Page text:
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Motor Oil Recycling Done Right

Motor Oil Change

Motor oil protects your car’s engine and helps ensure long vehicle life when the manufacturer’s full maintenance guidelines are carefully followed. For DIYers, changing oil and replacing the oil filter are one of the easiest maintenance tasks — something you can accomplish within 20 minutes. What you do after that is of critical importance — namely, disposing of the used motor oil. To that end, we’ll examine old ways of disposing oil, the adverse impact these ways have on the environment, as well as how oil recycling is a safer choice.

The Hazards of Dumping Motor Oil

For some people, getting rid of motor oil means surreptitiously digging a hole and dumping it on the ground or pouring it in a nearby stream. Illegally dumping motor oil can contaminate drinking water as just one oil change can affect one million gallons of fresh water, according to the Environmental Protection Agency.

Oil covered birds in Santorini (Greece) portMotor oil contains toxic chemicals and heavy metals, potentially carcinogenic when not handled properly. Oil is insoluble, slow to degrade and perpetually present. In other words, it never goes away, and the damage can be far reaching, long lasting and devastating.

Further, humans are not the only ones at risk. We’ve witnessed the impact massive oil spills at sea have had on the environment, particularly how it sticks to sand and feathers. Notably, oil leads to feathers matting and separating, causing birds to lose buoyancy and exposing them to dangerous temperature extremes, according to International Bird Rescue. Birds, fish and other wildlife may die; oil also introduces poisons into the food chain. We know a leaking oil tanker causes widespread devastation, but even a gallon of waste motor oil is destructive when not handled properly.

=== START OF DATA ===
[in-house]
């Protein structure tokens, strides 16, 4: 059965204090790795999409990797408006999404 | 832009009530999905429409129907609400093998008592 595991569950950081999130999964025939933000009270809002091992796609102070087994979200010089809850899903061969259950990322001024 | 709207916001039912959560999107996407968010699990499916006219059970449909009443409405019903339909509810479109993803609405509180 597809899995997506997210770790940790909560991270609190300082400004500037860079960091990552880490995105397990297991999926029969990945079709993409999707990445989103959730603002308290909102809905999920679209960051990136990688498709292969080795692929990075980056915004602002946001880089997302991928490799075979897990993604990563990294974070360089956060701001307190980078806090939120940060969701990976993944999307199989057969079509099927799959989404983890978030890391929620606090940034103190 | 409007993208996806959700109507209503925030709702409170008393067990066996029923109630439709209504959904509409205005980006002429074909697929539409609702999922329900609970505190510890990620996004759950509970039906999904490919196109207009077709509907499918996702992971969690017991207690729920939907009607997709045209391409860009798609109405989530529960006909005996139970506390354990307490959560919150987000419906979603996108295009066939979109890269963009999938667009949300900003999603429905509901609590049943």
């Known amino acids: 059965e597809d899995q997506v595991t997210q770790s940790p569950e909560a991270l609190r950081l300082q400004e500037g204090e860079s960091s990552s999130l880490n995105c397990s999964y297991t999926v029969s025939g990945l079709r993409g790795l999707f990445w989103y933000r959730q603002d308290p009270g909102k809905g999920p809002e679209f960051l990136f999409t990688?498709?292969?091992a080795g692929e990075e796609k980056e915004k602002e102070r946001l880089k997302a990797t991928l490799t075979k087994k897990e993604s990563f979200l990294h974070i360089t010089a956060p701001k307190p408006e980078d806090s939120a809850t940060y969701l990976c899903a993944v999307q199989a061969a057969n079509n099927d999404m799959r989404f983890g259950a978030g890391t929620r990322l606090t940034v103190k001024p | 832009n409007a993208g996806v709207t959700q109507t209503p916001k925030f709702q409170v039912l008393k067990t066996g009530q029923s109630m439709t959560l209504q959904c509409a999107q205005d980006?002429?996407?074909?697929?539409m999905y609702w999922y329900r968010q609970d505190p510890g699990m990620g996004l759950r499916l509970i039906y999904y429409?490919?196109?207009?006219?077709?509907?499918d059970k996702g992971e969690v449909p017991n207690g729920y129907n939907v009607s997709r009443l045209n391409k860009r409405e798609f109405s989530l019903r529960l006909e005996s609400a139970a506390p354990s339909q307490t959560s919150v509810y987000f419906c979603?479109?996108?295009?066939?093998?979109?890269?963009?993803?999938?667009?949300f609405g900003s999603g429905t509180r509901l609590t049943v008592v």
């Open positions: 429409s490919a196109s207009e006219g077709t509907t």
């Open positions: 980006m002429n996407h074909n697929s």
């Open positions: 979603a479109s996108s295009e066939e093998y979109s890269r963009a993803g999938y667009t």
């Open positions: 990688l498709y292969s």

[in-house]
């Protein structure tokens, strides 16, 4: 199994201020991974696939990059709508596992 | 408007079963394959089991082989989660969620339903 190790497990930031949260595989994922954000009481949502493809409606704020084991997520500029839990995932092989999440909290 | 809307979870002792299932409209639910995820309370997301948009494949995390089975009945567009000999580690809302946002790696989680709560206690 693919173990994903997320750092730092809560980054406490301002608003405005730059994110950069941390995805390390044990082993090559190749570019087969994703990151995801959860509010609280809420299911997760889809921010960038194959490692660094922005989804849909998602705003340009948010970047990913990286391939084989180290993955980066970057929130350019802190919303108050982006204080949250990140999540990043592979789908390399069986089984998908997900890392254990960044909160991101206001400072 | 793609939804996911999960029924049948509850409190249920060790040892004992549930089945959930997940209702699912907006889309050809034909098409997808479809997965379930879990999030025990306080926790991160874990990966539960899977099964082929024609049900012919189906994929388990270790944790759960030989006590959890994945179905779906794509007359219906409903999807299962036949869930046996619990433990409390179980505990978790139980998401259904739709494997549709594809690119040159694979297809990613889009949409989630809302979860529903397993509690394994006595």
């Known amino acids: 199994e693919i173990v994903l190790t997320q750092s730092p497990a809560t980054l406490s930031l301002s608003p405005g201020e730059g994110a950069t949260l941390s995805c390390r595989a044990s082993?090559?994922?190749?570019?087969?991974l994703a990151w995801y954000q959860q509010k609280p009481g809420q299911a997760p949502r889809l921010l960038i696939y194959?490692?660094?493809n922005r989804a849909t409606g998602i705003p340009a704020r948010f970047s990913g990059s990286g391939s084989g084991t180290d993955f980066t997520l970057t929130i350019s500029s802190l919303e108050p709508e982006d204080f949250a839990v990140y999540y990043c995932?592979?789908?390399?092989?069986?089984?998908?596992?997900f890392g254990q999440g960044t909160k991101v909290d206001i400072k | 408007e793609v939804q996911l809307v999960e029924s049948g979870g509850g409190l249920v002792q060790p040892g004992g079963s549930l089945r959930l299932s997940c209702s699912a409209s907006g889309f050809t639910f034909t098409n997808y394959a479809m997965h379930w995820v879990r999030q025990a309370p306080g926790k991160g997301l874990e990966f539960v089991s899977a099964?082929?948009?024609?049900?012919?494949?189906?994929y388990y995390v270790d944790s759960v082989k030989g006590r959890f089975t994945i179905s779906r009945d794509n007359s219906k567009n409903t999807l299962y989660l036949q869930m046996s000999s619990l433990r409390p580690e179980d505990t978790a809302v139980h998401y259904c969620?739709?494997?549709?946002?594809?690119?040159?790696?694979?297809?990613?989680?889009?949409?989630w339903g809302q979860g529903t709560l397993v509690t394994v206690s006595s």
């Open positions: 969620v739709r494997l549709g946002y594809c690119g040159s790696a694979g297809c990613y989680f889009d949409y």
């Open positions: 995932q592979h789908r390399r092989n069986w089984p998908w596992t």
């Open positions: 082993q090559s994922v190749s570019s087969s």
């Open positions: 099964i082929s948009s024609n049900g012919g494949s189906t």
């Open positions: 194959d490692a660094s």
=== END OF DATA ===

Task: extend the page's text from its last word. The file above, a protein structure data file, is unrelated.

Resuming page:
If you live in a rural area, dusty roads are the bane of country folk. Used motor oil, when sprayed on such roads, does a commendable job of holding down dust, but it also negatively impacts the environment. An environmentally sustainable alternative is to spray soybean oil soapstock, a biodegradable material.

Oil Recycling Done Right

These days, used motor oil recycling is easier to accomplish than ever before. Thanks to raised environmental awareness and government regulation, most communities have options in place for the safe disposition of oil.

For example, some towns collect used motor oil and oil filters curbside when citizens arrange for a pickup. Otherwise, your local recycling center should have containers available for disposing motor oil as well as for accepting your oil filter.

Other places that typically accept your used motor oil and at no charge to you include the merchant who sold you your new oil, service stations and quick lube retailers .

Instead of calling around for local disposal places, visit to identify nearby recycling centers. In the website’s search parameters enter “motor oil” followed by your zip code. A list of nearby locations is returned, making it easier for you to properly dispose your old oil as well as the oil filter.

Your Next Oil Change

If you haven’t changed your motor oil previously because of oil recycling concerns, your worries are over.

Check your owner’s manual to determine the best motor oil and the amount needed for your car. Among the tools required are: latex gloves, a funnel, an oil filter wrench, an oil drain pan, a wrench to remove the drain plug and ramps or a jack to raise your car.

Check out all the chemical products available on NAPA Online or trust one of our 17,000 NAPA AutoCare locations for routine maintenance and repairs. For more information on oil recycling, chat with a knowledgeable expert at your local NAPA AUTO PARTS store.

Photo courtesy of Wikimedia Commons.


Matthew C. Keegan View All

Matt Keegan has maintained his love for cars ever since his father taught him kicking tires can be one way to uncover a problem with a vehicle’s suspension system. He since moved on to learn a few things about coefficient of drag, G-forces, toe-heel shifting, and how to work the crazy infotainment system in some random weekly driver. Matt is a member of the Washington Automotive Press Association and is a contributor to various print and online media sources.

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